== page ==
Special Events (4)
Opening and Awards Night hold a special place in the Festival, as must-be-there events showcasing two honored films followed by extravagant parties. Join us in toasting the kickoff, and award winners, at the start and end of a fabulous 10 days!
THE STEPS (AWARDS NIGHT FILM)
Featuring a brilliant ensemble cast led by James Brolin and Oscar-winner Christine Lahti, this riotous comedy is about what happens when two already fraught families are forced to merge into one big dysfunctional clan. Still in the prime of life, seniors Ed (Brolin) and Sherry (Lahti) fall in love and decide to have their kids meet each other for a “step-sibling bonding” weekend. Ed’s two kids are New Yorkers, while Sherry’s three boys are Canadian—and all from different fathers (!) – inciting a culture clash that even nuptial bliss seems unlikely to conquer. The Steps also stars Jason Ritter and Entourage’s Emmanuelle Chriqui.
CineDwnTwn Galas (3)
Red carpet events featuring the year’s most compelling star-driven works be top-tier directors showcased at the historic Olympia Theater, presented by Downtown Development Authority of Miami.
PALM TREES IN THE SNOW
The accidental discovery of a long lost letter drives Clarence to travel from the snowy mountains of Spain to Africa, where she unearths the secret of a forbidden love story framed within turbulent historical circumstances whose consequences will have repercussions in her present-day life.
SPANISH AFFAIR 2
Koldo becomes alarmed when he learns that his daughter Amaia, after breaking up with Rafa, is in love with a Catalan. He decides to head to Seville to convince Rafa to accompany him, as he sets out to rescue Amaia from the arms of her new beau. Sequel to “Spanish Affair” (“Ocho apellidos vascos”).
Marquee Series (4)
Film screening accompanied by on-stage conversations with major film personalities of the moment, discussing their career and sharing an exciting new work.
French actress Sophie Bernard (the incomparable Monica Bellucci, in one of her most complex and demanding roles) has agreed to make a movie in Montreal, taking on a role deliberately sculpted to mirror events in her personal life. Sophie’s real focus, however, is on attempting reconciliation with her adult son Thomas (Aliocha Schneider), who lives in Montreal and has not seen his mother in three years, their estrangement owing in part to Sophie’s refusal to reveal to Thomas the identity of his father. Thomas’ distress over his mother’s visit is compounded when he witnesses a stranger’s attempted suicide on the night of Sophie’s arrival.
Meanwhile, paramedic Pierre and ER nurse Marie (the extraordinary Pascale Bussieres), the responders to the suicide incident, are immersed in unspoken distress of their own. Pierre is a veteran suffering from undiagnosed PSTD, while Marie has a history of loss that she stifles through over-work. All four characters will become entangled in a moment that will force them to confront those past events that each have taken pains to ignore.
With only his second fiction feature, Quebec director Guy Édoin absorbs the principles of melodrama and imbues several memorable sequences with a dynamic flourish. Ville-Marie announces a strong new cinematic personality. – Jaie Laplante
Soiree Series (9)
A memorable evening out, beginning with an inspiring and entertaining film, segueing into a fabulous party.
Hope for a better future is undeniably a distant dream for Palestinians living in the refugee camp of the Gaza strip. Yet hope is just what drives twenty-two-year-old Mohammad Assaf, who sings at weddings and cobbles together rehearsal sessions with his makeshift band, who have managed to become contestants in a live-televised amateur band competition taking place in Tel Aviv. Unable to compete in person since they are not allowed to leave the camp, the program allows the band to Skype-in their performance—partly in protest of their confinement, Alas, just before going on the air, the electricity goes out. A generator is quickly found to get the signal back just in the nick of time—but the noise of the generator is so loud, the audience in Tel Aviv can barely hear the music.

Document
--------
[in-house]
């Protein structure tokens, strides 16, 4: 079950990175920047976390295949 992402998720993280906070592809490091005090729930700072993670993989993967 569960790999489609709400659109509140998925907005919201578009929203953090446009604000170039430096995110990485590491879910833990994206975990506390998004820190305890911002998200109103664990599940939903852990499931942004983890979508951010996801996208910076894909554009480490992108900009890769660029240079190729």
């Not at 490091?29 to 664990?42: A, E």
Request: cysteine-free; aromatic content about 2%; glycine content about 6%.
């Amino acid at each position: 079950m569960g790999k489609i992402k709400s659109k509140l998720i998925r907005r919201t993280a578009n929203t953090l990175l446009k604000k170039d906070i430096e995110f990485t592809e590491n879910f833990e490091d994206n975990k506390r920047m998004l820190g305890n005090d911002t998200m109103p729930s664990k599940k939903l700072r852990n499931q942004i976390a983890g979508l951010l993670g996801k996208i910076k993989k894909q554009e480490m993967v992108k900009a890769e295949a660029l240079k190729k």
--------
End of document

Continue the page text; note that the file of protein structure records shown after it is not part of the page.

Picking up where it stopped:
In an era when the cumulative weight of obstacles threatens to crush even the most tenacious soul, the perseverance required to carry on despite incredible obstacles must come from somewhere. In the case of Mohammad, it is simply that to stop struggling for a chance to sing is to stop living. And as he traverses various checkpoints en route to realizing his dream, you will gasp at what awaits him and his countrymen.
Knight Competition (20)
A mesmerizing variety of powerful works from around the world, directed by filmmakers who have directed at least one previous Official Selection (feature) of the Festival. Films are eligible for Achievement awards totaling $40,000 in cash, courtesy of Knight Foundation.
On her 40th birthday, Elia gathers together her closest friends and relatives at a luxury country house to tell them some extraordinary news: she has won a jackpot of 140 million euros! From that moment onward, the atmosphere becomes increasingly tense and what started off as shared happiness gradually transforms into greedy plotting to take Elia’s fortune.
An existential comedy of a Spanish man trying to apostate from the Catholic Church, following his catharsis as he embarks on the increasingly quixotic quest of formally having his name struck from the church’s baptismal record, and comes out from under the pressure of his parents’ expectations.
Knight Documentary Achievement Award (7)
Candid, thought-provoking feature-length documentaries examining social issues, diverse cultures and influential people compete for an audience-voted $10,000 cash achievement award, courtesy of Knight Foundation. Every ballot cast for a film competing for the Knight Documentary Achievement Award makes the voter eligible to be entered into a draw for a year’s worth of free movies at Cinepolis Coconut Grove, see details on your ballot at the theater.
MAPPLETHORPE: LOOK AT THE PICTURES
Robert Mapplethorpe was an artistic tour de force. He emerged from the fecund 1970s New York art scene, where he bonded with Patti Smith and partnered with the art collector Sam Wagstaff. Mapplethorpe’s photography could luxuriate in explicit imagery of gay sadomasochistic sex, yet it could also encompass pictures of flowers that exuded an almost classical splendor. In 1989, the year he died of AIDS, Mapplethorpe became the center of controversy when Senator Jesse Helms denounced his work in Congress and his exhibitions were deemed obscene and raided by police.